The surprise: Malcolm Butler giving up long touchdown receptions.
The verdict: MIRAGE. Butler gave up a 75-yard touchdown reception to Kenny Stills in Week 1 against the Dolphins, and Texans wideout Will Fuller got him for a 39-yard touchdown catch in Week 2. Butler is a capable cornerback who has to get his hands on receivers at the line of scrimmage to keep them from making big plays. The Titans will start to shade a safety to his side more if he continues to get beat. Gradually, Adoree' Jackson is going to shift into being the matchup corner for Tennessee and draw the cat coverage assignment on opposing teams' top wideouts. Between scheme and Jackson, big plays against Butler should be less frequent because opportunities for them will be reduced. -- Turron Davenport
The surprise: The other rookie leading the team in rushing.
The verdict: REAL. Phillip Lindsay, who graduated from high school just a few miles from the Broncos' home stadium, became the first undrafted player in league history to have at least 100 yards from scrimmage in his first two games. He has gotten more touches than third-round pick Royce Freeman. He was a roster long shot when the offseason program opened, but two weeks into the season, the Broncos should now look at him as a primary option as both a runner and a receiver. Lindsay is only 5-foot-8, 190 pounds, so Denver can't use him as a lug-the-rock back with a heavy workload. This isn't just a feel-good, local-kid-plays-for-the-Broncos story, however: Lindsay is the real deal. -- Jeff Legwold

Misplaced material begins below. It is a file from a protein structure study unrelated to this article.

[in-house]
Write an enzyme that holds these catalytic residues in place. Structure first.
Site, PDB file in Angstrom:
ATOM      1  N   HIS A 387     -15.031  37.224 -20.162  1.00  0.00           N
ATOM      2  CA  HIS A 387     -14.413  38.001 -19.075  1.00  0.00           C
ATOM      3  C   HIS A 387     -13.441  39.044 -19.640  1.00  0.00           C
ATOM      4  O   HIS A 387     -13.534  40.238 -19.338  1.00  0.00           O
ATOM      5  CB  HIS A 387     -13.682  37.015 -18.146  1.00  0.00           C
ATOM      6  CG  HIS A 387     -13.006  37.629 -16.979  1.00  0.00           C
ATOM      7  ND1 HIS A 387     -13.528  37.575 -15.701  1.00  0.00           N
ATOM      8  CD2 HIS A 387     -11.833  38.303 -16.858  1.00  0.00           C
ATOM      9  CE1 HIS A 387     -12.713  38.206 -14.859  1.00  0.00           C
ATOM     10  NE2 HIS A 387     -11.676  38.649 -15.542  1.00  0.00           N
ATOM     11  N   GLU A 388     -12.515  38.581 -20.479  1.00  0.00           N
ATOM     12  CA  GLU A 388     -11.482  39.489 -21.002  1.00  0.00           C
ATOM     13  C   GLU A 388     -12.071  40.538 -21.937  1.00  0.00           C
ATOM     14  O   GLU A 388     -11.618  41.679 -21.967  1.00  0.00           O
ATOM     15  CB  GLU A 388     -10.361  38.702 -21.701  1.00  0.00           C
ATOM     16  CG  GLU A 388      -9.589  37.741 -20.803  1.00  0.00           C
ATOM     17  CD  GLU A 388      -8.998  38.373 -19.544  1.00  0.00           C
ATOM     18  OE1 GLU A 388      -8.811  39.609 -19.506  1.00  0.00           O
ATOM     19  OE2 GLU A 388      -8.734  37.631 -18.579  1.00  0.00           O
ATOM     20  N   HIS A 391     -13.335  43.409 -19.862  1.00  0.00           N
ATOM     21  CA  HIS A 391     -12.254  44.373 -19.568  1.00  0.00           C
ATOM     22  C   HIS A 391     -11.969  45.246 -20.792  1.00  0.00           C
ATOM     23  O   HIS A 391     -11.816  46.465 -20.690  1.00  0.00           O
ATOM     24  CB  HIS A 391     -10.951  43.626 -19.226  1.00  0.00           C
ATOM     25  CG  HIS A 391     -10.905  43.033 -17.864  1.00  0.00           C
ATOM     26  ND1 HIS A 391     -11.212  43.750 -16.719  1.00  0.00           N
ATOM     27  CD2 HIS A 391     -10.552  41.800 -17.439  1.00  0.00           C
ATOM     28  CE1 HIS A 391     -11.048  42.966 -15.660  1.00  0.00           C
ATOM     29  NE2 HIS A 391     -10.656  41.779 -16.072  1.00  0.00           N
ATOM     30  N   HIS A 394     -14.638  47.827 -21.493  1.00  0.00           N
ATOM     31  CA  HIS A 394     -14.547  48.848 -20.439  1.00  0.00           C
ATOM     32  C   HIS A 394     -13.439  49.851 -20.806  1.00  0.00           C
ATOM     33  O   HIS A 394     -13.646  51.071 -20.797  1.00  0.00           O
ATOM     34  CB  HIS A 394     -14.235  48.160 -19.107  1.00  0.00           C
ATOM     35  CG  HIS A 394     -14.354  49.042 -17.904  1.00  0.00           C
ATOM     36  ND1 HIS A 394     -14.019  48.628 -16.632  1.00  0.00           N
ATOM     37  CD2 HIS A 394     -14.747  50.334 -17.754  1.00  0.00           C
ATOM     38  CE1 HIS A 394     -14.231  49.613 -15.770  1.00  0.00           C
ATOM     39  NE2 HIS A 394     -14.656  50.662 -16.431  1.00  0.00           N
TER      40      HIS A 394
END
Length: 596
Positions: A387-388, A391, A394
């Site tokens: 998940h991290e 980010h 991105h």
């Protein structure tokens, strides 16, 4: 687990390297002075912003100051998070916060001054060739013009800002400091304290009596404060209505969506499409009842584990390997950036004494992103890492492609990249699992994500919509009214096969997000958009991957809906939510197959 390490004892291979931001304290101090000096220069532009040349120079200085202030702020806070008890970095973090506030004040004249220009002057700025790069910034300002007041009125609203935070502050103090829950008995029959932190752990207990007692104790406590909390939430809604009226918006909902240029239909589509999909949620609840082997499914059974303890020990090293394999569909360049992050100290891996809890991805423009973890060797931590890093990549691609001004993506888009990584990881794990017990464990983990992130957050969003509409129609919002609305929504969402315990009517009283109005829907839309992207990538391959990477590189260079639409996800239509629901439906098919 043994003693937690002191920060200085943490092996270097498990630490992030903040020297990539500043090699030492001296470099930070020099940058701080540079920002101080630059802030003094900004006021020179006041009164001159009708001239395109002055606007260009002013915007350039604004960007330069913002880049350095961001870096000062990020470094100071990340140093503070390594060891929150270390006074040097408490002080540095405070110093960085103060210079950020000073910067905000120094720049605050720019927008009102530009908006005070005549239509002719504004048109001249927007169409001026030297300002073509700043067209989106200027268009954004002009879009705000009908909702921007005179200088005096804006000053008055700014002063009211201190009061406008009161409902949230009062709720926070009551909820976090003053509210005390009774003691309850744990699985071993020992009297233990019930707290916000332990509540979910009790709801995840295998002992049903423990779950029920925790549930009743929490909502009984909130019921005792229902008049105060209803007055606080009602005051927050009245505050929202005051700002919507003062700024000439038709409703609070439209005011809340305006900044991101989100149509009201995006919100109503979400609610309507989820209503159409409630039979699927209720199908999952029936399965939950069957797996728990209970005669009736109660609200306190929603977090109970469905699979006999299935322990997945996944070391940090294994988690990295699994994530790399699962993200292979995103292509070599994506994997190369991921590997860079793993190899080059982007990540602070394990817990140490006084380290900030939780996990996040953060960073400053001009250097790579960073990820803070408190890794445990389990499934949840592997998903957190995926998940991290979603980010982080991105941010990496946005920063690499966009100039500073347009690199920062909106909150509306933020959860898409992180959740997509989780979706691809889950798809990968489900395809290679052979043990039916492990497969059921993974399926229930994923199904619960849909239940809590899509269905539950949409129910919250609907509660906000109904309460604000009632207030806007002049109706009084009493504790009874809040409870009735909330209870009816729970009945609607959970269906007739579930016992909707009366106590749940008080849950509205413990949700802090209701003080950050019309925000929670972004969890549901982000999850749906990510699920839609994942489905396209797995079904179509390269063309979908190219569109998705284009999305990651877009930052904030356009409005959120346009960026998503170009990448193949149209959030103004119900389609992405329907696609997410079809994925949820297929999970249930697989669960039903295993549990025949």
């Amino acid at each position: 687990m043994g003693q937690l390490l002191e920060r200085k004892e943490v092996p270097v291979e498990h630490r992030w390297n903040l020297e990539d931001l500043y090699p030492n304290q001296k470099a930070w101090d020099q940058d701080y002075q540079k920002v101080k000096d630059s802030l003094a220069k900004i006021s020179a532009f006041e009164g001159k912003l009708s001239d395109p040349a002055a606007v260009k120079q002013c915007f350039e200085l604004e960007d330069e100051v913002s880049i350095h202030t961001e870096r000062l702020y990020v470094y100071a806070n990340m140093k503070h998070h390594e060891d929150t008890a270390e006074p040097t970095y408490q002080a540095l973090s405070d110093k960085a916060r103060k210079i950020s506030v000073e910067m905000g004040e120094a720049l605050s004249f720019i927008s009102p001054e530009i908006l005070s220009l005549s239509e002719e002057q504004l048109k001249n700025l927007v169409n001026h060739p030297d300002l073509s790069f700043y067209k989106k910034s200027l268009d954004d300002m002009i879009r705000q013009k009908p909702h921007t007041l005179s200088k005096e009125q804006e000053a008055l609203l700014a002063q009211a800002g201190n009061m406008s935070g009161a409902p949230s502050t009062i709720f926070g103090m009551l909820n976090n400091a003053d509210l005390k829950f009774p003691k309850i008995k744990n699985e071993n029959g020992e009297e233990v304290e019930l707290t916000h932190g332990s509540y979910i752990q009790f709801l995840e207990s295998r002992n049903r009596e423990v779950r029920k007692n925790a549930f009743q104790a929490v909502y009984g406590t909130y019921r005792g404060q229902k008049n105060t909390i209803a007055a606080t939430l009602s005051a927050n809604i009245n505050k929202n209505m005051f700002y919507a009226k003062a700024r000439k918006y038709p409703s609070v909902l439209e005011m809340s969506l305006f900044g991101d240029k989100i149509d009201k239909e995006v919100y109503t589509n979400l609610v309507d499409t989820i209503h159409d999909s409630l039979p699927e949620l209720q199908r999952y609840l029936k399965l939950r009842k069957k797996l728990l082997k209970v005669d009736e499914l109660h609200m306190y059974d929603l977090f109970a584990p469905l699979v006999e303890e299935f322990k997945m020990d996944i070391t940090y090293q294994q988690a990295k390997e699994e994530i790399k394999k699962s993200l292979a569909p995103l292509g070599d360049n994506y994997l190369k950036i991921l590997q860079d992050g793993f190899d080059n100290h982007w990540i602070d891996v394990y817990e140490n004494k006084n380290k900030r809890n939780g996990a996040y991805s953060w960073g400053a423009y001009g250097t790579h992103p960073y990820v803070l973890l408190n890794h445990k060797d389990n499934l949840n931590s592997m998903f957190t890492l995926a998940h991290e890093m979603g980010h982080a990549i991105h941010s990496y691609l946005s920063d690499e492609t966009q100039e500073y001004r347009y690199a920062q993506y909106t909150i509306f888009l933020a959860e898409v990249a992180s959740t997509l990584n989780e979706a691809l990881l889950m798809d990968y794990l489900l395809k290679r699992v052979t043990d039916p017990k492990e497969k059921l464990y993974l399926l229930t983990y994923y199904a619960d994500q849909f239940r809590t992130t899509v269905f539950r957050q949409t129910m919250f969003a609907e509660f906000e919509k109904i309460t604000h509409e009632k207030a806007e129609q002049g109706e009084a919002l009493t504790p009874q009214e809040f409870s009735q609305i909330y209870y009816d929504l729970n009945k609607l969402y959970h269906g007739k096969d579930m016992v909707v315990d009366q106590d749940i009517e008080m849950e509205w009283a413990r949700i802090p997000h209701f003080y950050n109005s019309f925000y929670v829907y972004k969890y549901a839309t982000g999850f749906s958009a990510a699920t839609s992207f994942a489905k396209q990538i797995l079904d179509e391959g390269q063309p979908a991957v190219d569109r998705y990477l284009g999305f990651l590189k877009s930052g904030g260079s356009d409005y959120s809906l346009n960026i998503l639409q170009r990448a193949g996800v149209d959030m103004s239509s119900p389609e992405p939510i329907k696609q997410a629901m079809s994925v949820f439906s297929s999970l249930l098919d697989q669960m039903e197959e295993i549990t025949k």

The surprise: An unstoppable Patrick Mahomes.
The verdict: MIRAGE. Mahomes is for real. He will continue to play well. But he can't keep up with his current pace. If he does, he will throw 80 touchdown passes and zero interceptions, and that's simply not going to happen. "The more that these defensive coordinators have to study it ... that's his challenge right now," coach Andy Reid said. "Is everything going to be roses? No." -- Adam Teicher
The surprise: Austin Ekeler's stellar start.
The verdict: REAL. Entering his second season, the Western Colorado running back has built on a surprising rookie year, totaling 224 yards from scrimmage and a touchdown through two games. At 5-foot-10, 200 pounds, Ekeler is a nice complement to the bruising running style of Melvin Gordon and adds juice to the Chargers' passing game. Expect Ekeler to continue to get 15 or so touches a game for the Chargers as a way to keep Gordon fresh for the rest of the season. -- Eric D. Williams